Double, Triple, Quadruple Stop
One or both pitches are played on an open string
sliding one finger on one string from one pitch to another.
natural un emphasized glissando
detache’ (fr.)
non legato bowing, performed by changing the direction of the bow for each note.
loure’ (fr.) Portato (It.)
slightly seperating the notes while the bow is being drawn across the string.
detached or seperate.
Martele'(fr.) Martellato or Marcato (It.)
“to hammer” a fast well articulated heavy separate stroke, resembling a sforzando.
Conscious Spitccato (it.)
slow or moderate tempo, player makes effort to make the bow bounce.
Spontaneous Spiccato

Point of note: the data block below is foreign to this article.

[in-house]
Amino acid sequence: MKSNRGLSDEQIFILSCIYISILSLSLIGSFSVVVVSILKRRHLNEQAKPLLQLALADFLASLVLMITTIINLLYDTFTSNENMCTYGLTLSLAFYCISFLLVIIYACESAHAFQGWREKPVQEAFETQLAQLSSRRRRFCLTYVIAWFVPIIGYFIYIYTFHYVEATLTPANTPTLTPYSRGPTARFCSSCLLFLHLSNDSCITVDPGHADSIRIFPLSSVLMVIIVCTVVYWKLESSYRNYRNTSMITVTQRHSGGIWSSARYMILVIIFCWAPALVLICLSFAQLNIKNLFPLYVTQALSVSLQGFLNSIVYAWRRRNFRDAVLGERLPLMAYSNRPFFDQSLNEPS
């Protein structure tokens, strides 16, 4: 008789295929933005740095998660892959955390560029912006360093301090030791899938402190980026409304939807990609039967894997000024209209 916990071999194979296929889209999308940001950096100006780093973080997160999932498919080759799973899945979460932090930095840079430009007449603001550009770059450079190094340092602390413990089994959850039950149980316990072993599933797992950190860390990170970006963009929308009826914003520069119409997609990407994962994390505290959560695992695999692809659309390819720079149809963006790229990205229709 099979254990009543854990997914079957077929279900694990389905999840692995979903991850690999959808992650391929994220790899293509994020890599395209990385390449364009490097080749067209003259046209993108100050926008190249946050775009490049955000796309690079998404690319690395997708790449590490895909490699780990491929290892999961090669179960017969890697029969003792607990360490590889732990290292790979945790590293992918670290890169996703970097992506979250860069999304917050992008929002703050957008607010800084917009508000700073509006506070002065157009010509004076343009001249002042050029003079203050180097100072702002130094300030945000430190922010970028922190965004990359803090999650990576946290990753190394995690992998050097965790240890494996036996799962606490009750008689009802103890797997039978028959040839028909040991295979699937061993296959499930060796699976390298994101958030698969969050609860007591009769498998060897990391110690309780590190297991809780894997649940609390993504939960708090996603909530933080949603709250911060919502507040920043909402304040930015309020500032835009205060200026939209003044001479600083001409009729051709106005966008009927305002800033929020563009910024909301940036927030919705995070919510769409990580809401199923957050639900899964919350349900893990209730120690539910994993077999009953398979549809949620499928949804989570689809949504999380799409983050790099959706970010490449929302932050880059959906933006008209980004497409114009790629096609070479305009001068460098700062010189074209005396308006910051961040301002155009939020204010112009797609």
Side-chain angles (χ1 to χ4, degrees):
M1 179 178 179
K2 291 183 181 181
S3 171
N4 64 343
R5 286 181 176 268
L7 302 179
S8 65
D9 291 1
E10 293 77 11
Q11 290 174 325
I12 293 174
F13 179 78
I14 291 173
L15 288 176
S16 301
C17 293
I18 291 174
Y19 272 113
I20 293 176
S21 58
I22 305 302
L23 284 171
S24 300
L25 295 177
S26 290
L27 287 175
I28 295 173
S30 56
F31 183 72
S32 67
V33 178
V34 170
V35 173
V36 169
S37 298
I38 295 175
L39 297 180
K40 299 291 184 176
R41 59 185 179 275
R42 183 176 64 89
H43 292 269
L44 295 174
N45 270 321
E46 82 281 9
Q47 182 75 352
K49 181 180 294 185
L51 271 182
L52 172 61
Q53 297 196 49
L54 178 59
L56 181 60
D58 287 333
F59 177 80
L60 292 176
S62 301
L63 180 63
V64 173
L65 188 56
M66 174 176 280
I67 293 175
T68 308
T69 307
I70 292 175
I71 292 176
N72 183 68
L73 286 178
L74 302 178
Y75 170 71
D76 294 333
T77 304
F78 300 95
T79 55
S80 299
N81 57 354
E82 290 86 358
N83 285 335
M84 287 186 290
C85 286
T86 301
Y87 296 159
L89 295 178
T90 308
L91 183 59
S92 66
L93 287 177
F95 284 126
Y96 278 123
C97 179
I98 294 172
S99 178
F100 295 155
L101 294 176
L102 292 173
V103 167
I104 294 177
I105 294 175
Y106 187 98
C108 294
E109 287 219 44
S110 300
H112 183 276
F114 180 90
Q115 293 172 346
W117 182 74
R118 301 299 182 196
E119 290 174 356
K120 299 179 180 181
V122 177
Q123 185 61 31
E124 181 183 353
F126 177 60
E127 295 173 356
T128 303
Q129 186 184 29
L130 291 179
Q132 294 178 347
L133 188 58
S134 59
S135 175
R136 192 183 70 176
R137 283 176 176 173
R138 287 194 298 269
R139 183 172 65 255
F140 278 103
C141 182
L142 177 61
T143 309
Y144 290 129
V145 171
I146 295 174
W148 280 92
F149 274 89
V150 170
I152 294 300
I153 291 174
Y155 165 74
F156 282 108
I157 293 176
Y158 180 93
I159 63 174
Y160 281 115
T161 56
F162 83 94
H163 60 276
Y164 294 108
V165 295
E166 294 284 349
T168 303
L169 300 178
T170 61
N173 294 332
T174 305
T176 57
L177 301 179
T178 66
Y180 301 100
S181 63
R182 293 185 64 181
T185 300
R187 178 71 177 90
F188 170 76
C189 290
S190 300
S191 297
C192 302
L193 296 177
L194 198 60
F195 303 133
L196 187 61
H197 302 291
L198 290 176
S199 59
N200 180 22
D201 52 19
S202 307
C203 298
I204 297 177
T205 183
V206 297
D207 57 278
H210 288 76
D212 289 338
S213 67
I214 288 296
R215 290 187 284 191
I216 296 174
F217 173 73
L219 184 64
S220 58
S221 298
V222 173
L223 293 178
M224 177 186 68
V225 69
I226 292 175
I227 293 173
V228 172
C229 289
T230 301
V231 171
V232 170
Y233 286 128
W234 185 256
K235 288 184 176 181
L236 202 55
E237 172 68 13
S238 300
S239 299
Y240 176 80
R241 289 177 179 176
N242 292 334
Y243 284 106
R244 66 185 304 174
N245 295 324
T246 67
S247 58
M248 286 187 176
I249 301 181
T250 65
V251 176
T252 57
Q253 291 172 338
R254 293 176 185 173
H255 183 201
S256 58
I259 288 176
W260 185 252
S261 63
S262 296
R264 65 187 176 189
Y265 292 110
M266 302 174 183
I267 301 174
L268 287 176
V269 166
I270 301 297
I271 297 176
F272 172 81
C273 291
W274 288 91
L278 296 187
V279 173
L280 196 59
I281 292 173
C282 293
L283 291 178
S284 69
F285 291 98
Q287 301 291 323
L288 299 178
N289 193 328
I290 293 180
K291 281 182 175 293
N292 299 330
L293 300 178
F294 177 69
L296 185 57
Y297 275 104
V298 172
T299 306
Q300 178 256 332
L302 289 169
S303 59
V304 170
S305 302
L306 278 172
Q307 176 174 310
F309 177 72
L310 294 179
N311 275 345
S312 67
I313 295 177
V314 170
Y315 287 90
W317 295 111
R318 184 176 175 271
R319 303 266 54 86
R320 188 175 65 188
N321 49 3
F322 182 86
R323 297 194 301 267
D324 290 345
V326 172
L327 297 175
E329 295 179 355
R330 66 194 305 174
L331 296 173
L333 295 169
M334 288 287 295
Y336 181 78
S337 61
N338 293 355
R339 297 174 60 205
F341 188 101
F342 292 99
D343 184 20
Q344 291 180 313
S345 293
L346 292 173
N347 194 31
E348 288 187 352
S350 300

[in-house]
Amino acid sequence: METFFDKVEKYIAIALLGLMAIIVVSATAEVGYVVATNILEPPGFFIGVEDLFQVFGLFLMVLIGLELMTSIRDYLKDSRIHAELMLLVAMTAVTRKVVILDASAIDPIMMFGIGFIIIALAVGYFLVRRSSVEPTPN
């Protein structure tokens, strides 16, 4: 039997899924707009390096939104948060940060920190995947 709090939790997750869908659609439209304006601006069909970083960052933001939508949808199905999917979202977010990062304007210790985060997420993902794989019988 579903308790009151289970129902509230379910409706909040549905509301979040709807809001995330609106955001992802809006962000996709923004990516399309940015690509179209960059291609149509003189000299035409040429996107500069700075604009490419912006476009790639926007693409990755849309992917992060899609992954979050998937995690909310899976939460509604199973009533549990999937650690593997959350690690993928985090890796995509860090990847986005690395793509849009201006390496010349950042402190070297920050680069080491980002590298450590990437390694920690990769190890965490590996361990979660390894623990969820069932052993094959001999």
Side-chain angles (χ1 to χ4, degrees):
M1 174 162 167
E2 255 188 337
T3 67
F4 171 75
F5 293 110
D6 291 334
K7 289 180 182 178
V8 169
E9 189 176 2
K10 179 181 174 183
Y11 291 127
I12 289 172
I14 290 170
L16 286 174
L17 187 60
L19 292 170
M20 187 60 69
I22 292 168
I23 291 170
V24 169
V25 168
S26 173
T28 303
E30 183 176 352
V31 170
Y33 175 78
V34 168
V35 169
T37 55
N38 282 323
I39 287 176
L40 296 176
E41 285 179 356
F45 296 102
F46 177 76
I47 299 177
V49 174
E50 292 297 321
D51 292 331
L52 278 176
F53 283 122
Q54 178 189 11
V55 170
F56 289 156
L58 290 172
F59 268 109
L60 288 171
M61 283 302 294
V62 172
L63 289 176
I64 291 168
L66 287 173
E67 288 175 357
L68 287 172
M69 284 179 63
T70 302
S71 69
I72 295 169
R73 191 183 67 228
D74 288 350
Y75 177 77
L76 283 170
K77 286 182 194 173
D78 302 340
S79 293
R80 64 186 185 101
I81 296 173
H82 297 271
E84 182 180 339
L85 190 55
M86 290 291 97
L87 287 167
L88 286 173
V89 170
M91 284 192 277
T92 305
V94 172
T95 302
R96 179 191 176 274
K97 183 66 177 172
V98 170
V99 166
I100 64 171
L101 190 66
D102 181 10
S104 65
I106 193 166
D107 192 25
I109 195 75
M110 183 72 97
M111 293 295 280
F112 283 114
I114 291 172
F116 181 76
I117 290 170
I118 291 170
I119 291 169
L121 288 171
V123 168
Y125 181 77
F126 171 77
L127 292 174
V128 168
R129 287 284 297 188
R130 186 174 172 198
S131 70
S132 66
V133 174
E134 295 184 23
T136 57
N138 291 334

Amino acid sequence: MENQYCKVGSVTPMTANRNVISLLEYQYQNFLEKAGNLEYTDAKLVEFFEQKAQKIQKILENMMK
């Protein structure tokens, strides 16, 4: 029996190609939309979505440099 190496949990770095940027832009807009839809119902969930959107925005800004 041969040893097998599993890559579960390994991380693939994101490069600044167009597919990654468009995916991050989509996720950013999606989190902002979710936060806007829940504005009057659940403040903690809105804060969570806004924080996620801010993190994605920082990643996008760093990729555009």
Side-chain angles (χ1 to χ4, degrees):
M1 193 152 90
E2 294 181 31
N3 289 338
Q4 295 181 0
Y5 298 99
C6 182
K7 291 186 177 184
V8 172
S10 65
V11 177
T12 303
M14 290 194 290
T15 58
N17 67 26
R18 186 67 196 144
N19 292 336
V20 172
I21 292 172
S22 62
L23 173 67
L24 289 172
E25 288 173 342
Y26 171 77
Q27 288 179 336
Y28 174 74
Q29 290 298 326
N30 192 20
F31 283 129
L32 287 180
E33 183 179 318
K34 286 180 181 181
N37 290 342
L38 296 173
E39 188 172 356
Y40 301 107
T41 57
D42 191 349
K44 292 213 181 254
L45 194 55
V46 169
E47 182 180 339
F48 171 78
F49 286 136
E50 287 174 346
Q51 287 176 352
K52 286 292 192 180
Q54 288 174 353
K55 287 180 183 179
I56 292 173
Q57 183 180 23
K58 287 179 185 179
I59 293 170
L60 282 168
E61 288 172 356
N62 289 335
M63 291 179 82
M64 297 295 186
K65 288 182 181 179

Also called saltando

Player does not have to make a conscious effort to lift the bow

Slurred Spiccato
spiccato notes grouped together in a single bow stroke.
Jete’ (fr.) Ricochet (Eng)
The upper third of the bow is thrown on the string so that it will bounce, producing from two to six or more rapid pitches.
On the string slurring of an arpeggio at a fast tempo, cuasing the spontaneous bouncing of the string.
Bowed Tremolo
Single pitch is repeated as often as possible durig the length of the note by means of short, quick up and down bow strokes.
fingered tremolo
interval of a second or larger is quickly repeated, like a trill. notes are slurred together.
sul ponticello (it.) au chevalet (fr.) am steg (ger.)
this effect is produced by playing very near or right on the bridge instead of between the fingerboard and the bridge.
col legno (it.) avec le bois (fr.) mit holz (ger)
using the wood of the bow instead of the string
plucking the strings instead of bowing.